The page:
Asheville teacher selected for NASA space education ambassadors program

Press release from NC Space Grant:

An Asheville City Schools science teacher, Gretchen Ross of Montford North Star Academy, has been selected to participate in a brand-new STEM training opportunity from NC Space Grant, offered in collaboration with NASA Langley Research Center in Hampton, Virginia, the NASA Office of STEM Engagement and other NASA centers.

Ross is one of 15 teachers selected as the first cohort of the North Carolina Space Education Ambassadors (NCSEA) program. The goal of the NCSEA program is to build a statewide network of master teachers who deliver NASA educational content to their local students, schools and communities.

“I am most excited about the opportunity to build my STEM units arsenal to bring back to the classroom,” Ross said. “Sharing this experience with secondary science teaching in my district will be an honor.”

NC Space Grant is partnering with NASA education specialists from NASA Langley and other NASA field centers to provide each NCSEA cohort with intensive professional development in current NASA Next Gen STEM education themes. The teachers will participate in professional development modules and earn NASA digital badges. One highlight of the program will be the trip to NASA Langley the teachers take together as a cohort, to tour the facilities and learn from NASA scientists, engineers and education specialists in person.

After their initial training, NCSEA educators will work as a cohort over the next academic year to align existing NASA materials with the N.C. Standard Course of Study and develop lesson plans and activities to supplement the Next Gen STEM themes. Finally, they will spread those resources via outreach events or workshops to other educators in their schools, districts or even across the state.

Gina Blystone, an education program specialist in the Office of STEM Engagement at NASA Langley, speaks of the need for programs like NCSEA.

“Many educators are not familiar with NASA missions and don’t understand how to teach content with a NASA mission focus,” she says. “Or, they don’t feel confident enough with their understanding of NASA missions to do so. Programs like these give them what they need to incorporate the work NASA does into their daily lessons.”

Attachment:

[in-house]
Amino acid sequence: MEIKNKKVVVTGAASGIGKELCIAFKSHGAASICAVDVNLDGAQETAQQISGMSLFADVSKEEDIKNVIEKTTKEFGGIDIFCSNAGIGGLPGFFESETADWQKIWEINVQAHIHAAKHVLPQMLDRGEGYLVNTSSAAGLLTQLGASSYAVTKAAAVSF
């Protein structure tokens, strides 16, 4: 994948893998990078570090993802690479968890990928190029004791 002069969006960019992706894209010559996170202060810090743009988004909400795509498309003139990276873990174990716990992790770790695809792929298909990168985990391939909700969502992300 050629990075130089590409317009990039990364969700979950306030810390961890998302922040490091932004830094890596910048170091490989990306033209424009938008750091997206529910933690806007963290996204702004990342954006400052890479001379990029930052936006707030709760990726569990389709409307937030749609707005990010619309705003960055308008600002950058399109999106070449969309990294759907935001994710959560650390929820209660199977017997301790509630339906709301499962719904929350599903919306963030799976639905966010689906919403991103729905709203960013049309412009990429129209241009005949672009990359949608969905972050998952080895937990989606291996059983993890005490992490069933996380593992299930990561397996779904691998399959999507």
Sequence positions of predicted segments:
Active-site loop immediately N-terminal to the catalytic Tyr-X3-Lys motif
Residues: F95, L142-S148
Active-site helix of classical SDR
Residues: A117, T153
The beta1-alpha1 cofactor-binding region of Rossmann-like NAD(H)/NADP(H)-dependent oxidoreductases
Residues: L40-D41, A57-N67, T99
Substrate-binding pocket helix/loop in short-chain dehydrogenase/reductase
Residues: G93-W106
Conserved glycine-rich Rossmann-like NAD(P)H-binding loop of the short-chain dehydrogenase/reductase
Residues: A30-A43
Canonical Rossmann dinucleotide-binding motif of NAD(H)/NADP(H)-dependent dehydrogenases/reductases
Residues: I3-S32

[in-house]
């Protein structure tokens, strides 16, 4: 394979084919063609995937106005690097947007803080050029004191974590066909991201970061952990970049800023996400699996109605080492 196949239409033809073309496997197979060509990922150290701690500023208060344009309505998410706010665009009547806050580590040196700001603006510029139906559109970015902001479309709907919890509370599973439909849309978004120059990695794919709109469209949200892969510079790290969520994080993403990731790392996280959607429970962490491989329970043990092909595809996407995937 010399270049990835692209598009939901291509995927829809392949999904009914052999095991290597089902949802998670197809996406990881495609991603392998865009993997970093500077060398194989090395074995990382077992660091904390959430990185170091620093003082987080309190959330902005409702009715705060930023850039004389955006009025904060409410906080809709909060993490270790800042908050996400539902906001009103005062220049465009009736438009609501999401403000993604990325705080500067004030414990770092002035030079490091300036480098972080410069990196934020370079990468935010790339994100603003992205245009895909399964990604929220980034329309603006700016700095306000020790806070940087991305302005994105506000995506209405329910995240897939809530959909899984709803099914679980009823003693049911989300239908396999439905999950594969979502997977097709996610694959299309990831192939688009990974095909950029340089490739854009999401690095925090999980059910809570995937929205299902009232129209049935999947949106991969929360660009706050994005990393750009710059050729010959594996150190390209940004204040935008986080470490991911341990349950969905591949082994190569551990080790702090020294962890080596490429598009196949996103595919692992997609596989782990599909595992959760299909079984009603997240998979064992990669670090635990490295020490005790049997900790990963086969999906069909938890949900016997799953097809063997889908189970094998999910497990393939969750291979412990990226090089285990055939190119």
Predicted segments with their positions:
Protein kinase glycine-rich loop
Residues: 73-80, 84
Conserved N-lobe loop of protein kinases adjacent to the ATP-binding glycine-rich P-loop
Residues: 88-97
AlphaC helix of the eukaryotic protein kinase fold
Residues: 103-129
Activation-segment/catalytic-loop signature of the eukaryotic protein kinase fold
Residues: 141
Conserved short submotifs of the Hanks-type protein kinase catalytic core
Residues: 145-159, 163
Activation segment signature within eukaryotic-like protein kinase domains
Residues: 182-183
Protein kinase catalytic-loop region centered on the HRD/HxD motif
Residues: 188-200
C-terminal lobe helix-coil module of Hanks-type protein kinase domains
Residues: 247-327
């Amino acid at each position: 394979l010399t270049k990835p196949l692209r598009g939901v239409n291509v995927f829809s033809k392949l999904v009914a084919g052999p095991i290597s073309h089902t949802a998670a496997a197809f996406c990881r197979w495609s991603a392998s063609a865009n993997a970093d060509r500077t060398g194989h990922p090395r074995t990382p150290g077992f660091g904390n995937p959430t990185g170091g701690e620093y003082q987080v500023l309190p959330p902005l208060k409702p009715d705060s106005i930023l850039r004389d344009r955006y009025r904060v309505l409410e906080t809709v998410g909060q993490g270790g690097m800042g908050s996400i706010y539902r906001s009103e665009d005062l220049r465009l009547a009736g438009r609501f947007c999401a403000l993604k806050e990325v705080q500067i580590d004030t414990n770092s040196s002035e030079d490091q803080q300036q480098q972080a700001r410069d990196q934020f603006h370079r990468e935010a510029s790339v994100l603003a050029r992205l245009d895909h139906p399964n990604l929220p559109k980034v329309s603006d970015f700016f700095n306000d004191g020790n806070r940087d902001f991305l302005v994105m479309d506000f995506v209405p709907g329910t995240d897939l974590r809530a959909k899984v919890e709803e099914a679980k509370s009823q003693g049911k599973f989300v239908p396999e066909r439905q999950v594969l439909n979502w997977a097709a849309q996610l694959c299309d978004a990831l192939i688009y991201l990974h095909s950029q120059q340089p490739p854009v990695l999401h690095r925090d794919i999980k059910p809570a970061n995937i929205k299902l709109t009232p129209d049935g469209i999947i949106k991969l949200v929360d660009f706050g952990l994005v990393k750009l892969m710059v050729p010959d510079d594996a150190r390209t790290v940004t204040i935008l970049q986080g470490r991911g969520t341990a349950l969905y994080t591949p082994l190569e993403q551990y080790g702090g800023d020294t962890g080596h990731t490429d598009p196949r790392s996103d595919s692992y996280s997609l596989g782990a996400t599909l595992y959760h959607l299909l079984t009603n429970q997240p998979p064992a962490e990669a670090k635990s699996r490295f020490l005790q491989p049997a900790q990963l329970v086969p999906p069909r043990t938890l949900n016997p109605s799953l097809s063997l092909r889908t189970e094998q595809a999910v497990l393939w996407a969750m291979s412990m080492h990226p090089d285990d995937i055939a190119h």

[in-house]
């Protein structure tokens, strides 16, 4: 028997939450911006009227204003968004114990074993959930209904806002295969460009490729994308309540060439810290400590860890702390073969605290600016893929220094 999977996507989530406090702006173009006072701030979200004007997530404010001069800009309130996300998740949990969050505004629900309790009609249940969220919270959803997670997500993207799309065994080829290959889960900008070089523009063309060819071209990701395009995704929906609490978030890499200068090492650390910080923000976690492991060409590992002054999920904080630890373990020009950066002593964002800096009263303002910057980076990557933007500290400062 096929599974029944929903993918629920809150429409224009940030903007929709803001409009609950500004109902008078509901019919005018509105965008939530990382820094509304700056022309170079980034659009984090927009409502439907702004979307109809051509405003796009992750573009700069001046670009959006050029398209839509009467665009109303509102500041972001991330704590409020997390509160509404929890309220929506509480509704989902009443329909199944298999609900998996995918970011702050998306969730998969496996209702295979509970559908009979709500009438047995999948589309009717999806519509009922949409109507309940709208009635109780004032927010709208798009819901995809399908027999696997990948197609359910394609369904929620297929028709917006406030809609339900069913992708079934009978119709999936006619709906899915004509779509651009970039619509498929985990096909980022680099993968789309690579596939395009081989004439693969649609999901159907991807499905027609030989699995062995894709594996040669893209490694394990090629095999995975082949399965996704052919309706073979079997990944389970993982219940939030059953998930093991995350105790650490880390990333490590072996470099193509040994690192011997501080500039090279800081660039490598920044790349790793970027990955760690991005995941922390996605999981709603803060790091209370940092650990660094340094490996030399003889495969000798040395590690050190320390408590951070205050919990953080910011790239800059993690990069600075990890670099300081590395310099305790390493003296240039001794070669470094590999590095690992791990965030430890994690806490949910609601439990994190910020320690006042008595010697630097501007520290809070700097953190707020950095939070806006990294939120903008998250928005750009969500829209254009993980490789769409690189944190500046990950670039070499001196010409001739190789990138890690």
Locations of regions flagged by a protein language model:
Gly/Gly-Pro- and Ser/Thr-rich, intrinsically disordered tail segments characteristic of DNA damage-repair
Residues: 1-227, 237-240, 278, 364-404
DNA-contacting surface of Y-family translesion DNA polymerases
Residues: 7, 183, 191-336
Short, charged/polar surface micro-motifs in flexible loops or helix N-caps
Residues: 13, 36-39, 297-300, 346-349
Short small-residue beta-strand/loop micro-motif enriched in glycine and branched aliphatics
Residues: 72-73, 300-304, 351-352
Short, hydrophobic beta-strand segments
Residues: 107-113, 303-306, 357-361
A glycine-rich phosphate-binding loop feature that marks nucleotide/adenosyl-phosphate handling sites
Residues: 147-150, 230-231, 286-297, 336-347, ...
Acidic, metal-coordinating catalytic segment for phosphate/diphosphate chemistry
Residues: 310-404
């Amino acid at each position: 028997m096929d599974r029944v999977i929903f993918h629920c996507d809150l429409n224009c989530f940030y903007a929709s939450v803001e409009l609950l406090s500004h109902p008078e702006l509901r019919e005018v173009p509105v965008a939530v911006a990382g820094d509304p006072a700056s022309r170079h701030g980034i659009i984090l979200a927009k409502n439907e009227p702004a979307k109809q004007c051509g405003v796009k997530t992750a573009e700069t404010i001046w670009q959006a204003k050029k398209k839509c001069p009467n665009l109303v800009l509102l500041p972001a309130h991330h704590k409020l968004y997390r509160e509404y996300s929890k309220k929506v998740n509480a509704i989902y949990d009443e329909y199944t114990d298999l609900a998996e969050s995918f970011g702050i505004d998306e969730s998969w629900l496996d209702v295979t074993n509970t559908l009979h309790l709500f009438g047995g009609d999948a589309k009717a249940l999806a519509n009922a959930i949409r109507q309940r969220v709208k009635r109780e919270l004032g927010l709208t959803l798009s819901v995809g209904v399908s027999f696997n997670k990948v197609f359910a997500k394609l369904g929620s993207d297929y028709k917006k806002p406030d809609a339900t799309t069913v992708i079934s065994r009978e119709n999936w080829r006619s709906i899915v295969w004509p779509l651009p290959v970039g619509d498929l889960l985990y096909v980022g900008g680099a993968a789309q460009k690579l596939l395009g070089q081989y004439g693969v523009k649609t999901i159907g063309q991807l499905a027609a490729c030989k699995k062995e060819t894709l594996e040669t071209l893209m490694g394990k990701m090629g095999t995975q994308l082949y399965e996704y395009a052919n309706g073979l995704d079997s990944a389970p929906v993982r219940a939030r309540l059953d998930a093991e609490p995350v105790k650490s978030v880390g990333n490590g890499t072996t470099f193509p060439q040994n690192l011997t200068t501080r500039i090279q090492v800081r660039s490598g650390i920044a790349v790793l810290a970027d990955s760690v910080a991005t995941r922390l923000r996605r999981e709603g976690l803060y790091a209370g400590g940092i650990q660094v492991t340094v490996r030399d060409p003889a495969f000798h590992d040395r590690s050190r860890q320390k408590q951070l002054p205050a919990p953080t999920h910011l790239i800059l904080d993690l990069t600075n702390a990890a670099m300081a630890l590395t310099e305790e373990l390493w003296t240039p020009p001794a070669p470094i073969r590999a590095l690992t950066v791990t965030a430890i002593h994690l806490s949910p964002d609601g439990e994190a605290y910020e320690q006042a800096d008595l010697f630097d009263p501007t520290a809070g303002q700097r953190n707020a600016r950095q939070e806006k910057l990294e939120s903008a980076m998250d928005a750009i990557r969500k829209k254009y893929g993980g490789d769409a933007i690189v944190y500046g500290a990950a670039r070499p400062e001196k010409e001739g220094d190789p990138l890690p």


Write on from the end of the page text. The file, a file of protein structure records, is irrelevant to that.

Blystone points out NCSEA teachers will be able to develop a network of contacts across multiple NASA centers. She hopes they will build relationships with these NASA experts and reach out to them for further support throughout their careers. She also stresses that opportunities like NCSEA help teachers feel confident, supported in the classroom and better able to offer STEM experiences to their students, whether or not those experiences relate to NASA missions.

Jobi Cook, the associate director of NC Space Grant, adds, “We hope to equip teachers with NASA tools and resources they can use in their respective communities to inspire future explorers right here in North Carolina. By making an investment in educators, we are able to touch so many more of the next generation of STEM leaders and professionals in the state.”

Ultimately, Blystone says, “this is an investment in the Artemis generation, the next generation of NASA employees, the next generation of explorers with expertise in STEM careers whose research and work will benefit humankind.”

NC Space Grant is a NASA-funded organization tasked with developing the STEM workforce in North Carolina. NC Space Grant is part of the National Space Grant College Program and is a federal-state partnership housed at North Carolina State University.

Read the full story and bios of all 15 North Carolina Space Education Ambassadors on our site

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